A crucifix and a radiation warning sign in front of apartment buildings in the ghost city Pripyat near to Chernobyl Power Plant, 22 January 2016. Photo: Genya Savilov / AFP / Getty Images

By Kim Willsher
8 March 2016

SLAVUTYCH (The Guardian) – In a biting winter wind, Alexander Petrovich Zabirchenko walks slowly along a memorial to firefighters and workers who died in the Chernobyl nuclear disaster, touching each of the portraits engraved in granite. He does not shiver or complain of the cold. He is a big man and draws himself up to his full height before each sombre stone.

“Here is Valeri, and here Vladimir and Alexandr and Anatoli … I knew these men,” he says. “I worked with them. They were colleagues and friends.”

As one of the many Chernobyl workers who returned to the devastated plant to fight the fires, Zabirchenko is an official “Hero of the Soviet Union”. He bats away the honour with a wave of his hand.

“These men were the heroes; every one of them. They died preventing an even bigger disaster. They saved not just Ukraine, Russia or the Soviet Union as it was, but the whole of Europe.”

Next month, thousands of men, women, and children in the northern Ukrainian city of Slavutych, will gather at the memorial here to light candles to the 30 initial victims of the world’s worst nuclear accident. Three decades on, they will remember not just the dead, but the memories and dreams they left behind in Pripyat, the ghost city that was once their home.

The story of Pripyat and Slavutych is a tale of twin cities: Pripyat, a former model Soviet metropolis built to house Chernobyl workers but abandoned to radioactive contamination and the ravages of nature; Slavutych, an urban phoenix that rose from the ashes of the disaster to replace it. […]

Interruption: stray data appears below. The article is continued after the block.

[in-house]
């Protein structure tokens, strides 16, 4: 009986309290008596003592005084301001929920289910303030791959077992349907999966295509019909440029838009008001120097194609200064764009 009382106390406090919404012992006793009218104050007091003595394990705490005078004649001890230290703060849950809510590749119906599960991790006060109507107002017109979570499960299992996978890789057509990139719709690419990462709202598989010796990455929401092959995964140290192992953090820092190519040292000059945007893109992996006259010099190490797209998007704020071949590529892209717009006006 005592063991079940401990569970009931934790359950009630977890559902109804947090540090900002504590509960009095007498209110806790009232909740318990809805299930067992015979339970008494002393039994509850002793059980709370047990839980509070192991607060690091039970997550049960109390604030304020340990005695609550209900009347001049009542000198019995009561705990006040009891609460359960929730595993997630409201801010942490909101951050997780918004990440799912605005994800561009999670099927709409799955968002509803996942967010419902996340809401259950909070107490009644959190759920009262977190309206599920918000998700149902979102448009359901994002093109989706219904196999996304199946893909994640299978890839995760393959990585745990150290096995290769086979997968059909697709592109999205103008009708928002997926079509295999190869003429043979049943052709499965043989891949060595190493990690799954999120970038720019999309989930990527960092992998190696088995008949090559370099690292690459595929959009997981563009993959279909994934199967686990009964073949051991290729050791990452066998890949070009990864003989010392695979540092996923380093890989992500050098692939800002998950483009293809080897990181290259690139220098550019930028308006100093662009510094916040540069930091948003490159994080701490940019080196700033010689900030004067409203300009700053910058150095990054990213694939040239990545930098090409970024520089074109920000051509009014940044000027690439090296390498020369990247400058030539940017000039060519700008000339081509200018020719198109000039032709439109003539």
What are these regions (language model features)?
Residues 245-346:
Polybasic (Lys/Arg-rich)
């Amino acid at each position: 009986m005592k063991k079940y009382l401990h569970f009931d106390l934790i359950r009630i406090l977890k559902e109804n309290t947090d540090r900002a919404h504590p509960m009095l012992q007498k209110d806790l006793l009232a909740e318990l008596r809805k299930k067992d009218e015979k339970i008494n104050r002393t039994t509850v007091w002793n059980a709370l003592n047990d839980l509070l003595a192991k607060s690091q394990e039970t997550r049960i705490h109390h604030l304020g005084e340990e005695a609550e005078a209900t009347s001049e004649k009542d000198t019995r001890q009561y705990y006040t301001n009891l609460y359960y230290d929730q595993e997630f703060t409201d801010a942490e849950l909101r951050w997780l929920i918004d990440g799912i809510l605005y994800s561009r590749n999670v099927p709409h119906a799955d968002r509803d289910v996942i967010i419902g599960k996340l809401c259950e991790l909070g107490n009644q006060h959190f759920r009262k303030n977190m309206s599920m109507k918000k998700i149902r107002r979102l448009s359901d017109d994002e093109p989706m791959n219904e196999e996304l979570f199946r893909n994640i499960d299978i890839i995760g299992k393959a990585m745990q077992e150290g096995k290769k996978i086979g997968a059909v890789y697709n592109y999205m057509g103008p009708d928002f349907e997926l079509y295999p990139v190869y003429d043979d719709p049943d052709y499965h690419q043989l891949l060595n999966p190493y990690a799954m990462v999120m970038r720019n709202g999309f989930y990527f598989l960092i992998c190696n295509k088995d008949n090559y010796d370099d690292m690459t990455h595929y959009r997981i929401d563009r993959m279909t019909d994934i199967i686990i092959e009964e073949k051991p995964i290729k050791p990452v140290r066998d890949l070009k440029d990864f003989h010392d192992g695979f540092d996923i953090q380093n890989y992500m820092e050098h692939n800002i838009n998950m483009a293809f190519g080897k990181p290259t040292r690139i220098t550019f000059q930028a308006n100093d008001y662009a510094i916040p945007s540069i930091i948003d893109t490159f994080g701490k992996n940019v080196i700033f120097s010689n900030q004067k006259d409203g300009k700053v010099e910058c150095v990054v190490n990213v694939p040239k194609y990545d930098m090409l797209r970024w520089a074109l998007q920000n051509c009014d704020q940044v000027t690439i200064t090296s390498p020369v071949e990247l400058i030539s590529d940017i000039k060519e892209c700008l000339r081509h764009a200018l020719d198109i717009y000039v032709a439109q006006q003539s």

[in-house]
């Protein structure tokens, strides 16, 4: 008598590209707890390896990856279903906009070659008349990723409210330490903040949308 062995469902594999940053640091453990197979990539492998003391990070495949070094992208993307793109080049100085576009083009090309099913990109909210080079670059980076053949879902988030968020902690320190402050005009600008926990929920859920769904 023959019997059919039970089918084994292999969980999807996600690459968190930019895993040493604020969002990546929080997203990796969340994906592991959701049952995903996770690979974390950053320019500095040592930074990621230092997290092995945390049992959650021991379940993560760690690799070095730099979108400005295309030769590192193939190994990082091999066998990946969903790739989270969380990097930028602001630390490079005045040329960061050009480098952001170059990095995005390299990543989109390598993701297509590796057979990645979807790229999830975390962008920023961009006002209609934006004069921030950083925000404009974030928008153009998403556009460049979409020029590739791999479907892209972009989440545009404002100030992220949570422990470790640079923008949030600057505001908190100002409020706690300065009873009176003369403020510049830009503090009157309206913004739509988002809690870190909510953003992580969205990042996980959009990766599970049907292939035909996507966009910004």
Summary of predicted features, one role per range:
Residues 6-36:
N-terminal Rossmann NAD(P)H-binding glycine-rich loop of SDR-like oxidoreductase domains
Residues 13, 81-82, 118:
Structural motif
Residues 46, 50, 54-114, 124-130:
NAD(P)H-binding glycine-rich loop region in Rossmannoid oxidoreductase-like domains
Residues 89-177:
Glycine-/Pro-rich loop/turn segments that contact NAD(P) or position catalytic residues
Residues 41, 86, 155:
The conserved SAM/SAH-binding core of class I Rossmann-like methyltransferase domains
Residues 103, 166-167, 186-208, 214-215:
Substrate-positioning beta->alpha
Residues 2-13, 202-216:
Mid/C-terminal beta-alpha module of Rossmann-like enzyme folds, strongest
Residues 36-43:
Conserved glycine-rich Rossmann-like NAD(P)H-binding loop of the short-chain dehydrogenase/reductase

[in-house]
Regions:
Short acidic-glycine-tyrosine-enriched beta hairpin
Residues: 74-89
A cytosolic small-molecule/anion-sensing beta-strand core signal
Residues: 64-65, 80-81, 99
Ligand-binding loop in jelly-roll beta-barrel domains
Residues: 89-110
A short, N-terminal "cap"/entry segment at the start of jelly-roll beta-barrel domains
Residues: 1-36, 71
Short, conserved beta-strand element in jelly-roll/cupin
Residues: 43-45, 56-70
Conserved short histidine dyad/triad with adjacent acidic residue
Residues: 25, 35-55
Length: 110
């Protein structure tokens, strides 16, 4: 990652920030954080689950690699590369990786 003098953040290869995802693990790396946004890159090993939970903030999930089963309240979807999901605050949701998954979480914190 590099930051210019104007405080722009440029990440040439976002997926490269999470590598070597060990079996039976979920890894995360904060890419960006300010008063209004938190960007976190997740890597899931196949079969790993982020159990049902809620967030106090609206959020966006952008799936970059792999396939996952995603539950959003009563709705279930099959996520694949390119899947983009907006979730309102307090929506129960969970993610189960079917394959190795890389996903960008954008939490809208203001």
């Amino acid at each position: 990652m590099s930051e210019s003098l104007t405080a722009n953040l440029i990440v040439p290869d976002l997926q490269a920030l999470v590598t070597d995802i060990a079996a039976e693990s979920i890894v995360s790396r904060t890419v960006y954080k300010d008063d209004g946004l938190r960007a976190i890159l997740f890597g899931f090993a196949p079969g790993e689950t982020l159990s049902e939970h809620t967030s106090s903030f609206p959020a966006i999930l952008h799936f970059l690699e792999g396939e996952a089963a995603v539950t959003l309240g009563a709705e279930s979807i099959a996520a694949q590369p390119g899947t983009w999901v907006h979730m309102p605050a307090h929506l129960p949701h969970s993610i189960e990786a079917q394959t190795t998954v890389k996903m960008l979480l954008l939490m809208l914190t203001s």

Every morning the train from Slavutych transports workers such as 62-year-old Pasha Kondratiev, 50 minutes along the line to its only destination: the Chernobyl plant. Every evening, around 4.30pm it disgorges them back in Slavutych. All undergo daily radiation checks, including the train.

Kondratiev, who started work at the plant 33 years ago, works at Chernobyl checking radiation measuring equipment. On the day of the accident he and his wife Natasha and daughters Tatiana, 12, and Marina, 10, walked to the bridge over the river subsidiary feeding the nuclear plant’s cooling pond, to get a better view of what was going on. The site was later named “the bridge of death”, because of the levels of radiation in the area.

“I could see the ruins of the reactor. It was completely destroyed and there was a cloud of smoke coming from it. Nobody gave us any information, but we knew it was serious. We knew it was something terrifying,” Kondratiev says. [more]

Chernobyl 30 years on: former residents remember life in the ghost city of Pripyat

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